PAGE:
Two, the housing bubble and the manipulation of the banks to sustain that artificial bubble. The banks are still sitting on many foreclosed homes aka zombie houses. The reason they are sitting on them and slowly adding them back to the market, is simply to keep home values from tanking. Which would make the older generations and those in a position to already own a home scream bloody murder.

Because of those two factors, which are beyond the millennials control to change at this time, many have no choice but to find a new way to live. The media of course is pushing this new way to live, but since that media is still mostly controlled and run by their grandparent's and parent's generations, is it any wonder the new way of living hyped to the millennial is one that protects the way of life of their forberers. I think not.

Unfortunately they don't really have a choice in the matter at the moment, their generation is not yet majority power holders in this country.

Just my opinion though.

edit on 29-3-2016 by prisoneronashipoffools because: typos



posted on Mar, 29 2016 @ 07:00 PM
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a reply to: prisoneronashipoffools


I agree the millennials are being ripped off, but they are being ripped off by the system and unfortunately the system isn't ripping them off for agenda 21, but is ripping them off so older generations like you can keep what you got without feeling any pain.


It's true that millennials have been getting their futures ripped off since they were in diapers (and this process has only accelerated). I'm not sure if it is a fair statement to say that the older generations didn't feel any of the pain starting with the 2008 recession and this incredibly weak recovery. Many lost their jobs and never recovered their income. Many also lost their homes and have never regained those either. I think it's a matter of perspective and it's only natural that each age group within the so-called middle class thinks they have it worse than everyone else (myself included when I don't take the time to think things through).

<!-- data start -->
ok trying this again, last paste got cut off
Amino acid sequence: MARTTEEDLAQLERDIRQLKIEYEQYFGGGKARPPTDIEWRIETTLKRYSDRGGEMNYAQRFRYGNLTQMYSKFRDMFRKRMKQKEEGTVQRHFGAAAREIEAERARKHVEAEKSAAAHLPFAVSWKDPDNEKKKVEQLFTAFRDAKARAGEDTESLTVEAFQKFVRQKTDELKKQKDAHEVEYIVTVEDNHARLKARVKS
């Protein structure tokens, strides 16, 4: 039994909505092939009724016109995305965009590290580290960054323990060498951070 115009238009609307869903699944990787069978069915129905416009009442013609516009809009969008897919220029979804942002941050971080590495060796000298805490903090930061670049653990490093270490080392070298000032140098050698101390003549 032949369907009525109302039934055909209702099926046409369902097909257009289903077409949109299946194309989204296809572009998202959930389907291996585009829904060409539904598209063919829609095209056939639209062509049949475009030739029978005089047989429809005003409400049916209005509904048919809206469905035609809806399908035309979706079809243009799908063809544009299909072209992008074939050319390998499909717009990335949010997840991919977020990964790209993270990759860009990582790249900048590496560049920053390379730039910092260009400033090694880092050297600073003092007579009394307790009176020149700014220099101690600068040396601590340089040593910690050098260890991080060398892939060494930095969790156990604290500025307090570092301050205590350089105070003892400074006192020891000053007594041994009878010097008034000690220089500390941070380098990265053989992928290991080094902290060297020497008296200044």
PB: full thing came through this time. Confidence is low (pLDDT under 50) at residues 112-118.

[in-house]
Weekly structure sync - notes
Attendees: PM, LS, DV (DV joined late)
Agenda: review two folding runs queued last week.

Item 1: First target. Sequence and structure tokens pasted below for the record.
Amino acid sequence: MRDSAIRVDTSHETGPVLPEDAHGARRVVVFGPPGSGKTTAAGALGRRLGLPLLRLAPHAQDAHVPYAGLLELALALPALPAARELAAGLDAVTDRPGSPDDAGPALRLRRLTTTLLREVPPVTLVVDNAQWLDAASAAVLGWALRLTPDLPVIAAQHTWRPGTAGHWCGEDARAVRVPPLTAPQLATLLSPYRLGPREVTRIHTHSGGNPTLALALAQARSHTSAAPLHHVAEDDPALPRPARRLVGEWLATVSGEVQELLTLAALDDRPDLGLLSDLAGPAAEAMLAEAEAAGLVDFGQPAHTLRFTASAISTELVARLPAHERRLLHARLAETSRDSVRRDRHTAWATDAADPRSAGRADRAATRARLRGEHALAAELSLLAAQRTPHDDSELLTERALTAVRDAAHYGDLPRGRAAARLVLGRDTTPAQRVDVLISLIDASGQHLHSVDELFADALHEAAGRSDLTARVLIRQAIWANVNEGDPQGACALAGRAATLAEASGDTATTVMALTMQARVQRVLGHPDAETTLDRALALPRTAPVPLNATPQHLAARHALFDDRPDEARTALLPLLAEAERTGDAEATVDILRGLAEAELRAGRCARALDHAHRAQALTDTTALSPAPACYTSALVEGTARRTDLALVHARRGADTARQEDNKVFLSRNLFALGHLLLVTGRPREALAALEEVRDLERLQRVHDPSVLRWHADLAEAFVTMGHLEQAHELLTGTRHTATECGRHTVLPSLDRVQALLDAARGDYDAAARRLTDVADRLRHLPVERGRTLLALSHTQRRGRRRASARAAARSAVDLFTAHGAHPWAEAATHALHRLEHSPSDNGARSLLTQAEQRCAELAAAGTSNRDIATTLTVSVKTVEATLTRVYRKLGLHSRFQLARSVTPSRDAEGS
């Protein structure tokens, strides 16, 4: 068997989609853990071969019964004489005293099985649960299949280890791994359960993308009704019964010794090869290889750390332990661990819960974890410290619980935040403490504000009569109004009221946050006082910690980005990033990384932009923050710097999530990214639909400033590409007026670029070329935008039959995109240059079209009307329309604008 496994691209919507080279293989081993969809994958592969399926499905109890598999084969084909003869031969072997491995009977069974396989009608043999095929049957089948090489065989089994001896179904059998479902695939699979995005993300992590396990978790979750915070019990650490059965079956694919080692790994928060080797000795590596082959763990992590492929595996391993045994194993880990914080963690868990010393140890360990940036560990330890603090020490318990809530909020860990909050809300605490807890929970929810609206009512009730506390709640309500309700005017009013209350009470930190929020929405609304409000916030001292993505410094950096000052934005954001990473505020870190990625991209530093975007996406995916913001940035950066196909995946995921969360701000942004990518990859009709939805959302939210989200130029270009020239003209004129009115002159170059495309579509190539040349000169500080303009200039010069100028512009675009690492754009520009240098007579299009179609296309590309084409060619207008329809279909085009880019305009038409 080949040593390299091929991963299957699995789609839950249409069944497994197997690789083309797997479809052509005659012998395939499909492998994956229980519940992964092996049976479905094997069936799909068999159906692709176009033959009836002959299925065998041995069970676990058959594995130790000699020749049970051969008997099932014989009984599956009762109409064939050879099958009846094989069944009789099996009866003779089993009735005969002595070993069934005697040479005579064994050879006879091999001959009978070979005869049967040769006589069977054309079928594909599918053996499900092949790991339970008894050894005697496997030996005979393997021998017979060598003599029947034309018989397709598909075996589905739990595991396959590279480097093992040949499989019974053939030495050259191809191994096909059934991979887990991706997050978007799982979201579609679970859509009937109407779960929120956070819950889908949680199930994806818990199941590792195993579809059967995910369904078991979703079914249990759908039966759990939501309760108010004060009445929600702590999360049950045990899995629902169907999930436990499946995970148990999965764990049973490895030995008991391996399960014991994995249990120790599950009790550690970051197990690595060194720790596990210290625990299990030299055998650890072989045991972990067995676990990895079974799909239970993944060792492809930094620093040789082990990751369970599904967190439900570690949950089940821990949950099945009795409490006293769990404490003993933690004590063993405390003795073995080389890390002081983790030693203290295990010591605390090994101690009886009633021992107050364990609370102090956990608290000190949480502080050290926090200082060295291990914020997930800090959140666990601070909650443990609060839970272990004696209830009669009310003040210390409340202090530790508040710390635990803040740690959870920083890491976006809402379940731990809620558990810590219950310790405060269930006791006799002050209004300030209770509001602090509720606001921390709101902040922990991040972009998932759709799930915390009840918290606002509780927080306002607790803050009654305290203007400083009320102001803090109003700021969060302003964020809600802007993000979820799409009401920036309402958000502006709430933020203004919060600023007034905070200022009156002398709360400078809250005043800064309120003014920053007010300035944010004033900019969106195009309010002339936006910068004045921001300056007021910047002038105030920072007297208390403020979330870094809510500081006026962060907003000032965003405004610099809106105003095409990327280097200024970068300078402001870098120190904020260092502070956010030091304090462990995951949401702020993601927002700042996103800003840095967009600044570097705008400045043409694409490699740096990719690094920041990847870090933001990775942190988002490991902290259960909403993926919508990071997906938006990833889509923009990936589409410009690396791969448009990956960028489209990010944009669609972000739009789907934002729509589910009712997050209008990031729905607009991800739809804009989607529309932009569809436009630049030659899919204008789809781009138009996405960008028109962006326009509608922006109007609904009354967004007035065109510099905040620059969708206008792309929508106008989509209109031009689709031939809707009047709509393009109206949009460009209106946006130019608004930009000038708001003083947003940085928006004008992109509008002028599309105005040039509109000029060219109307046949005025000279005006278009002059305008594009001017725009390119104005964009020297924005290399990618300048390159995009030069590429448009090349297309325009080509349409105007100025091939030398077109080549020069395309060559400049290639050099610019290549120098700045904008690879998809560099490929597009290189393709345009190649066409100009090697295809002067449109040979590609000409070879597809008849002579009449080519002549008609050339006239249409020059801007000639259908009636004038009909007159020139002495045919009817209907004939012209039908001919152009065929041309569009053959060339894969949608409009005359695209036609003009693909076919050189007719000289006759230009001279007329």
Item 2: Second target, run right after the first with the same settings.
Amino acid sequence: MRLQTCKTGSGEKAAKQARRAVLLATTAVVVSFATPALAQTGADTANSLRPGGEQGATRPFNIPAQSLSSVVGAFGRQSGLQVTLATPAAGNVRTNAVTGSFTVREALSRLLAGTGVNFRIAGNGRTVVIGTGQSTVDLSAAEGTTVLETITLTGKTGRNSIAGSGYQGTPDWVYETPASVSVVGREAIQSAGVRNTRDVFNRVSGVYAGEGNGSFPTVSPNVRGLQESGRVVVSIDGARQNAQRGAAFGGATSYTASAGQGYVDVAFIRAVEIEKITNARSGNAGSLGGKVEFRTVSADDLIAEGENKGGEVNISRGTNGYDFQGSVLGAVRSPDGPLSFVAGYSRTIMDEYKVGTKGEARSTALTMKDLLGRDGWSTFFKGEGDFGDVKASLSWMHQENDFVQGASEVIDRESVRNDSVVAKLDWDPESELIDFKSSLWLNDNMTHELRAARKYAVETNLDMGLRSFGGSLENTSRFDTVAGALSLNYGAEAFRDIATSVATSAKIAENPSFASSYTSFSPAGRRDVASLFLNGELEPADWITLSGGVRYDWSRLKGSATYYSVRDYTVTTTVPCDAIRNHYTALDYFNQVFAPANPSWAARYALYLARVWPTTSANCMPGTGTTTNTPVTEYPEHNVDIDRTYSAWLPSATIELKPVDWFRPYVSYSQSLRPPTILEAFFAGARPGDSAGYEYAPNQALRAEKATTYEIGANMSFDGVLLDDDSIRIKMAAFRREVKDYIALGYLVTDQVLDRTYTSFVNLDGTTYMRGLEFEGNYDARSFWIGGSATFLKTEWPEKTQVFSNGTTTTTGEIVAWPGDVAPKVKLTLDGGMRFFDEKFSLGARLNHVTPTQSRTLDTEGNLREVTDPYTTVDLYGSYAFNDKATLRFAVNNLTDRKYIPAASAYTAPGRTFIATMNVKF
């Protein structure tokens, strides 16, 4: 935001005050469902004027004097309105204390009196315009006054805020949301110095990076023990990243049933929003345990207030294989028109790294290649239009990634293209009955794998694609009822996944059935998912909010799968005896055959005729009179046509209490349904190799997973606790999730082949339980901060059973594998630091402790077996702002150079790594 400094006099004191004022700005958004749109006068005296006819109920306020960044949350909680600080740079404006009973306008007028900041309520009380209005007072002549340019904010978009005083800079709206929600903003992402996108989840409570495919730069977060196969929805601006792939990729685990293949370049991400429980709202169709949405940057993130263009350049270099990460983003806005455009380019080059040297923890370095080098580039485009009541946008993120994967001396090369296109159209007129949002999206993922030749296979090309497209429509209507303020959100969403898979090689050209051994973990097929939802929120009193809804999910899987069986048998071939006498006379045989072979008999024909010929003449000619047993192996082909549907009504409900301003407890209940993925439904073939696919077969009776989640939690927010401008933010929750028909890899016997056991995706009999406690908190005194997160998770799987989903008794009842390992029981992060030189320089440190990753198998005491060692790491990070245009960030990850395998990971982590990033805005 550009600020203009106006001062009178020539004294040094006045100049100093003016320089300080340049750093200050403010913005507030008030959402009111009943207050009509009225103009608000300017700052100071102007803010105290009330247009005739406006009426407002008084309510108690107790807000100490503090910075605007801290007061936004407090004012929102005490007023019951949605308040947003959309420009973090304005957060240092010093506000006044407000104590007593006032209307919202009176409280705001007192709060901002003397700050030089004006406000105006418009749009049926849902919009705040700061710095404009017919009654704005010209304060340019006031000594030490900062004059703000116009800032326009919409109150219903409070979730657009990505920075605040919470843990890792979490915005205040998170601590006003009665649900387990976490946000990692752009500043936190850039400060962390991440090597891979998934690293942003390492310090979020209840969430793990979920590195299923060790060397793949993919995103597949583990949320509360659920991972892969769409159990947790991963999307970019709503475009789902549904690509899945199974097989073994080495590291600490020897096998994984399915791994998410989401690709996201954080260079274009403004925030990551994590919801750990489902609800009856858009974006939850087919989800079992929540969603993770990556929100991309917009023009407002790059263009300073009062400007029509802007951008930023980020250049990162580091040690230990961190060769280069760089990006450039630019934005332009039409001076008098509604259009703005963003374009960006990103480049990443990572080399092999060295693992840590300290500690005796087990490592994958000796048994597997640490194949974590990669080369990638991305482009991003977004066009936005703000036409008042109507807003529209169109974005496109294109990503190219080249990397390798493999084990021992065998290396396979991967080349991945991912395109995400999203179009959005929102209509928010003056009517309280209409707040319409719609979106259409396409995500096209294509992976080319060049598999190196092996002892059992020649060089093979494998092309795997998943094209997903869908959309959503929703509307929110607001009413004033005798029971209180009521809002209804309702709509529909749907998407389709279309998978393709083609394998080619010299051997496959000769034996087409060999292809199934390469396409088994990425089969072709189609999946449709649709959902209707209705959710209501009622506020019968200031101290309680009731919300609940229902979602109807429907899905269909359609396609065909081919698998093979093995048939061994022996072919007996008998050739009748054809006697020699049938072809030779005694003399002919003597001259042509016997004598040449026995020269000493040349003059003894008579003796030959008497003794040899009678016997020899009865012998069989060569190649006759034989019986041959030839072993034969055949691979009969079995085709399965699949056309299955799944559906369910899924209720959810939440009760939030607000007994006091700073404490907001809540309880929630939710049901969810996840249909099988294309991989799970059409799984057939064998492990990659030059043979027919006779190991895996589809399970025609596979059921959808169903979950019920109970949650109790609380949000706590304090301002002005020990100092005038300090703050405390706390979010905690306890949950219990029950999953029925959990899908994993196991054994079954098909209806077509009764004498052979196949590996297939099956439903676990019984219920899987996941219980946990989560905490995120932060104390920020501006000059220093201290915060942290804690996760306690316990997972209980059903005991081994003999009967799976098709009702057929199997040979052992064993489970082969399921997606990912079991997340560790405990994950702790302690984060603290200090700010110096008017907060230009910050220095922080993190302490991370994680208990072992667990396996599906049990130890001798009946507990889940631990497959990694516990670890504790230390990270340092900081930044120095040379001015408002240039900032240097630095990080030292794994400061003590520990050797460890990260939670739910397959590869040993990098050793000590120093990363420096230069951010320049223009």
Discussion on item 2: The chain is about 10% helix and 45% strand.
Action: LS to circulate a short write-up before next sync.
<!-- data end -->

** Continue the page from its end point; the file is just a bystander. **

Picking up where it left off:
One, the economy which is choking and sputtering. There are not enough manufacturing and production jobs to pay for things like cars, housing and kids. Those jobs went and are still going over seas.

I agree with you there. One thing that I've noticed lately involves, yes, unfortunately, Donald Trump. I assure you I am not telling you to run out and vote for the guy. I would just say that I am really disturbed by something I've seen. Forget about ALL the other stuff about him, whenever he mentions doing something to balance trade and give companies incentives to keep manufacturing (or move manufacturing to) the United States talking heads and politicians from all sides put him on full blast screaming "He's going to start a trade war!!!" To me, that is ridiculous. I will not pretend to understand all the complexities of the global trade/financial system. I do have a bit of common sense though.

Let me explain what I mean. I'm a Target shopper (more out of necessity than by choice) so I fully comprehend that the $200-$300 I spend on my bi-weekly trips there goes a lot farther than if I were to go to specialty stores rather than a big-box one. That being said, I'd like to use that air conditioner/parts manufacturer that just recently started the process of laying off practically ALL of it's workers as it closes its US plant and moves it to Mexico. Does anyone think that the costs of those air conditioners or the parts will suddenly cost less to consumers within the US? Absolutely not. The costs to the end user will be the same with the only difference being the manufacturer will make more profit and we have another thousand or two Americans out of a job.

I understand that was just one, not very sophisticated example. Again, I'm no expert but nobody seems to deny that there are huge trade imbalances between the US and many other nations. Nobody, not even Trump as far as I can tell, is looking to declare a trade war. The question I have to the political class and to the talking heads/commentators is.... Is there NO compromise? Is there NOTHING that we should do to tip the scales, even if moderately, in our favor? Or to put it another way, can we reduce that imbalance a bit? I get so frustrated that nobody ever talks about it except to throw their hands up and basically say it's either War or status quo.